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Stedman and Hutchinson, comps. A Library of American Literature:
An Anthology in Eleven Volumes. 1891.
Vols. IX–XI: Literature of the Republic, Part IV., 1861–1889

Noblesse Oblige

By Robert Underwood Johnson (1853–1937)

[Born in Washington, D.C., 1853. Died in New York, N. Y., 1937. The Century Magazine. 1883–89.]

WHAT is diviner than the peace of foes!

He conquers not who does not conquer hate,

Or thinks the shining wheels of heaven wait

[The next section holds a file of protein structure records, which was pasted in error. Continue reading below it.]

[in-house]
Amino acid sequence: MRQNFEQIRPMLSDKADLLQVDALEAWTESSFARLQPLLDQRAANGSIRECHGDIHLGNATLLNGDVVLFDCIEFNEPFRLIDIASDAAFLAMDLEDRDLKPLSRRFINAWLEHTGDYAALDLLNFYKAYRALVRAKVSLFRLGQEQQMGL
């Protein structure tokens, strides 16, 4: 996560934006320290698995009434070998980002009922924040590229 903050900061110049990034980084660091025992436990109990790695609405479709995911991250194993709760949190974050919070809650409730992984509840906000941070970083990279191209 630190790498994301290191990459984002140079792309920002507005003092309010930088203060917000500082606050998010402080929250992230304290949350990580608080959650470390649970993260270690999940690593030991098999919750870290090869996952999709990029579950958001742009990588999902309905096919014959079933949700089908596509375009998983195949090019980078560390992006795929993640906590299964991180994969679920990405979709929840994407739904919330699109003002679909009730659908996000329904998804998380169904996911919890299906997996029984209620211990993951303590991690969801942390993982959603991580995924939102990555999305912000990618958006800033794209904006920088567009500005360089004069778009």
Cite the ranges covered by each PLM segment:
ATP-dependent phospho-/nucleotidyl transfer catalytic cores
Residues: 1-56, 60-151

On his forgiving. Dimmer the laurel shows

On brows that darken; and war-won repose

Is but a truce when heroes abdicate

To Huns—unfabling those of elder date

Whose every corse a fiercer warrior rose.

O ye that saved the land! Ah yes, and ye

That bless its saving! Neither need forget

The price our destiny did of both demand—

Toil, want, wounds, prison, and the lonely sea

Of tears at home. Oh, look on these. And yet—

Before the human fail you—quick! your hand!